Google Reader vs Reeder

Google just announced that they’re shutting down Google Reader. We’ve just put together the tips you need to move away from Google Reader, and the apps you should try now for subscribing to RSS feeds. Be sure to check it out!

Google Reader is one of the predominant RSS subscription apps and, for the few phases of RSS use I’ve encountered, I’ve used it. Google’s product is stellar and offers a great selection of features, but there’s always room for improvement. Unfortunately, today on the web, it’s one of the only apps designed just for reading RSS feeds.

Developers have taken Google Reader and used it to power a number of third party apps, one of them being Reeder. Reeder is one of the most popular Google Reader clients, available on iPhone, iPad and Mac. In this article, we’re not going to compare two web apps, but rather take a look at how the experience of Google Reader on the web differs from Reeder’s range of native apps.

User Interface

During Google’s somewhat recent wave of redesigning, Reader got a visual update that brings a more minimalist design with the use of a strong red accent colour. This is a significant improvement over what used to be on offer from Google, and is definitely not bad. From a design perspective, I think it’s a pretty nice, although certainly not perfect.

Reeder has a slightly different spin on it’s own user interface. While both apps are laid out in pretty much the same way, Reeder takes the edge by dedicating more space to the content itself, rather than a ton of buttons and controls.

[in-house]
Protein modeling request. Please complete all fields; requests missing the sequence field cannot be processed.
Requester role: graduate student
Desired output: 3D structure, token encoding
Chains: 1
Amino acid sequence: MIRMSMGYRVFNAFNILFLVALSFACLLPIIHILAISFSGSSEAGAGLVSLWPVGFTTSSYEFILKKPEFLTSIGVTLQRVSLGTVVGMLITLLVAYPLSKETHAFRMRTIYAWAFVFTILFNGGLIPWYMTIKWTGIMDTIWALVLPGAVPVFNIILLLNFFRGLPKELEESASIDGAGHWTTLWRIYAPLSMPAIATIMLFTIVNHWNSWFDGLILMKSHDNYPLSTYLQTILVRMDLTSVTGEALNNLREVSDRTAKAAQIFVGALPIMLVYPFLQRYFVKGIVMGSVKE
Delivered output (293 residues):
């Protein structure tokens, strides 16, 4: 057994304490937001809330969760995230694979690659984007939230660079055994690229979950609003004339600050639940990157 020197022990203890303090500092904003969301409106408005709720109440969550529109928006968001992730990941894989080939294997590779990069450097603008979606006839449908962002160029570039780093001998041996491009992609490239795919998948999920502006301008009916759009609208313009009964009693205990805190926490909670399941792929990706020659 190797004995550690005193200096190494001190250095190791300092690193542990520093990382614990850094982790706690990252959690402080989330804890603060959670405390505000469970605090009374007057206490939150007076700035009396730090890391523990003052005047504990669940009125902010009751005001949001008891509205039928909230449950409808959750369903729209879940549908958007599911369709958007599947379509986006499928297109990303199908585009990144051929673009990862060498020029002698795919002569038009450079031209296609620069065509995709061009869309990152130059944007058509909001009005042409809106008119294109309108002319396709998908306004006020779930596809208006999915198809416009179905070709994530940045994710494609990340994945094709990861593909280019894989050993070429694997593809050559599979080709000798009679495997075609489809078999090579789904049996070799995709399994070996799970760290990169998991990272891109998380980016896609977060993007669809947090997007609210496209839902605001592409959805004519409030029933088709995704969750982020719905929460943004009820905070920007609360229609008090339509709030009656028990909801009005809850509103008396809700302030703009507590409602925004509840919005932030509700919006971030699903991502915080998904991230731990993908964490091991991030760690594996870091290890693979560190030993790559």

Google Reader

On Mac OS X, Reeder takes a three column approach. The first allows the user to easily switch between viewing all items, or just one’s from a specific RSS subscription. Therefore, it’s pretty simple to just read one specific site, instead of all your subscriptions in an aggregated view. The second column allows you switch between stories, with the title and a short extract shown and, finally, the third column shows the content itself. The same can be said for Reeder for iPad, which has a very similar setup.

On iPhone, it’s essentially the same but, instead of having three columns, what would be a column on OS X or iPad is a page so one chooses all items or a specific site then a specific piece of content then they can read.

In Reeder for iPhone, you can also easily switch between organising by time or by subscription in the all items view which is useful if you have subscriptions covering multiple area. For example, if you were subscribed to all the AppStorm sites, you’d be able to read through all the iPhone posts, then the Android ones, etc or just view them in the order they were published.

Winner: Reeder

Reeder for Mac OS X

Functionality

Insanely little has to be said about this. One is the service, the other is a client of said service. They both share the same set of features.

Winner: Tie

Responsiveness

Few of us just read content on one platform. It’s incredibly likely you’ve got a smartphone and, quite possibly, a tablet that you want to consume your RSS subscriptions on. Lucky for Google Reader users, there’s a number of responsive ways to consume RSS subscriptions.

Google Reader of course works fantastic in a desktop browser, as you’d expect it to being a website. There’s very little extra to say here. When you open up the site on your smartphone, you’ll receive Google’s mobile version, which is a cut down edition of the regular website. It works so it shouldn’t be massively criticised, but it doesn’t appear to be feature-packed as Reeder for iPhone. Reeder for iPhone packs the same set of features as the app does on Mac OS X or iPad, and its design makes it insanely easy to download and have an instant knowledge of how to use the app.

Reeder for iPad